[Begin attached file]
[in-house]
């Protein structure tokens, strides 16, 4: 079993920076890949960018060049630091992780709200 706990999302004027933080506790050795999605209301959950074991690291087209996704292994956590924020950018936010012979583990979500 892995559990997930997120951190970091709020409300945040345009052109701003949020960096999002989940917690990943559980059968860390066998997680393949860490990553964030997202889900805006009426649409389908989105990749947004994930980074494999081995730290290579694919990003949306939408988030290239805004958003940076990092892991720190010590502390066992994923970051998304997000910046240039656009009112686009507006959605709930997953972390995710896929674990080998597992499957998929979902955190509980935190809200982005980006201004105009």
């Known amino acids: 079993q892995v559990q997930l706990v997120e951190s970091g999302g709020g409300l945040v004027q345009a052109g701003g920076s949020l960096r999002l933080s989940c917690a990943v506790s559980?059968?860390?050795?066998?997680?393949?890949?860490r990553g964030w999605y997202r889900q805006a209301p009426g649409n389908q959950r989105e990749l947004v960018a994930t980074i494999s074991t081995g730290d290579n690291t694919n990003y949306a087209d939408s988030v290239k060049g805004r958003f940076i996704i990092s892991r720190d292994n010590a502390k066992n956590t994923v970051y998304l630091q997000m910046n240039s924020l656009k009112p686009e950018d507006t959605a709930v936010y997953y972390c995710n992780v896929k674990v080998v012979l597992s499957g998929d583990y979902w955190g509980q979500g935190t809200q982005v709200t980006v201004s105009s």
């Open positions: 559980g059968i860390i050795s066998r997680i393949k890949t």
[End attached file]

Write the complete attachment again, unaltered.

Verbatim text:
[in-house]
């Protein structure tokens, strides 16, 4: 079993920076890949960018060049630091992780709200 706990999302004027933080506790050795999605209301959950074991690291087209996704292994956590924020950018936010012979583990979500 892995559990997930997120951190970091709020409300945040345009052109701003949020960096999002989940917690990943559980059968860390066998997680393949860490990553964030997202889900805006009426649409389908989105990749947004994930980074494999081995730290290579694919990003949306939408988030290239805004958003940076990092892991720190010590502390066992994923970051998304997000910046240039656009009112686009507006959605709930997953972390995710896929674990080998597992499957998929979902955190509980935190809200982005980006201004105009």
């Known amino acids: 079993q892995v559990q997930l706990v997120e951190s970091g999302g709020g409300l945040v004027q345009a052109g701003g920076s949020l960096r999002l933080s989940c917690a990943v506790s559980?059968?860390?050795?066998?997680?393949?890949?860490r990553g964030w999605y997202r889900q805006a209301p009426g649409n389908q959950r989105e990749l947004v960018a994930t980074i494999s074991t081995g730290d290579n690291t694919n990003y949306a087209d939408s988030v290239k060049g805004r958003f940076i996704i990092s892991r720190d292994n010590a502390k066992n956590t994923v970051y998304l630091q997000m910046n240039s924020l656009k009112p686009e950018d507006t959605a709930v936010y997953y972390c995710n992780v896929k674990v080998v012979l597992s499957g998929d583990y979902w955190g509980q979500g935190t809200q982005v709200t980006v201004s105009s």
């Open positions: 559980g059968i860390i050795s066998r997680i393949k890949t």